Environmental and Occupational Risk Factors of Amyotrophic Lateral Sclerosis: A Population-Based Case-Control Study

Tommaso Filippini, Marina Tesauro, Maria Fiore, Carlotta Malagoli, Michela Consonni, Federica Violi, Laura Iacuzio, Elisa Arcolin, Gea Oliveri Conti, Antonio Cristaldi, Pietro Zuccarello, Elisabetta Zucchi, Letizia Mazzini, Fabrizio Pisano, Ileana Gagliardi, Francesco Patti, Jessica Mandrioli, Margherita Ferrante, Marco Vinceti

Research output: Contribution to journalArticlepeer-review


Objectives: Amyotrophic lateral sclerosis (ALS) is a progressive and fatal neurodegenerative disease with still unknown etiology. We aimed at investigating the association between environmental and occupational factors with ALS risk. Methods: We performed a population-based case-control study in four Italian provinces (Catania, Modena, Novara, and Reggio Emilia) by administration of tailored questionnaires to ALS cases (n = 95) and randomly selected population referents (n = 135). We estimated ALS risk by calculating the odds ratio (OR) with its 95% confidence interval (CI) using an unconditional logistic regression model. Results: We found a positive association with disease risk for history of occupation in the agricultural sector (OR = 2.09, 95% CI 0.79-7.54), especially for longer than 10 years (OR = 2.72, 95% 1.02-7.20). Overall occupational exposure to solvents also suggested a positive association, especially for thinners (OR = 2.27, 95% CI 1.14-4.54) and paint removers (OR = 2.01, 95% CI 0.90-4.48). Both occupational and environmental exposure to electromagnetic fields show a slightly increased risk with OR = 1.69 (95% CI 0.70-4.09) and 2.41 (95% CI 1.13-5.12), respectively. Occupational but not environmental exposure to pesticides (OR = 1.22, 95% CI 0.63-2.37), particularly fungicides, and exposure to metals (OR = 4.20, 95% CI 1.88-9.38), particularly lead, mercury, and selenium, showed an imprecise but positive association. Finally, there was an indication of increased risk for living in proximity to water bodies. Conclusions: Despite the caution that needs to be used due to some study limitations, such as the low number of exposed subjects and the possibility of recall bias, these results suggest the potential role of some environmental and occupational factors in ALS etiology.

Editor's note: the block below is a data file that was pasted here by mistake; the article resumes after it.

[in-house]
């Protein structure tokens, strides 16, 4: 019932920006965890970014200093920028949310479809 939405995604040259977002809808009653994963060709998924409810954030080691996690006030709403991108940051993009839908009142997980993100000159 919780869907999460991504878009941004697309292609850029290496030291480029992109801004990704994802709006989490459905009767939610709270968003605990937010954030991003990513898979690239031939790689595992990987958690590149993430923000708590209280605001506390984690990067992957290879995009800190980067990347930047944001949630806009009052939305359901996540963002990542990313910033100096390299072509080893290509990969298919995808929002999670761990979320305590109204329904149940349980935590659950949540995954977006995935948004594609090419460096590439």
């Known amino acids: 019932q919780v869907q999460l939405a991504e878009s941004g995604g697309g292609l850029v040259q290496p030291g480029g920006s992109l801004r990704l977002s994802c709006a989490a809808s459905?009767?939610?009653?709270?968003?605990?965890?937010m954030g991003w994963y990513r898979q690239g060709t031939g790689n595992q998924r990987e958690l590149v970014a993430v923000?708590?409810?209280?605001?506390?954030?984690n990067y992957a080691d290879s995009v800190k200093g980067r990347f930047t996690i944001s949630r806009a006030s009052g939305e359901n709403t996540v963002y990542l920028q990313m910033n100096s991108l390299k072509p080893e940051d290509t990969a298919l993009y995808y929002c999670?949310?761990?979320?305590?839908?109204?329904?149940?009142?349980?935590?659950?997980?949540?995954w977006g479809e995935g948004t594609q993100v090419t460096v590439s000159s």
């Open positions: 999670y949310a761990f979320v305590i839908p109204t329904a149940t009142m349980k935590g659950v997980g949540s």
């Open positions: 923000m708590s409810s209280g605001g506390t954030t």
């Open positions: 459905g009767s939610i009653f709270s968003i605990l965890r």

Original languageEnglish
JournalInt J Environ Res Public Health
Issue number8
Publication statusPublished - Apr 22 2020


  • Aged
  • Amyotrophic Lateral Sclerosis/epidemiology
  • Case-Control Studies
  • Female
  • Humans
  • Italy
  • Male
  • Middle Aged
  • Neurodegenerative Diseases
  • Occupational Exposure
  • Risk Factors


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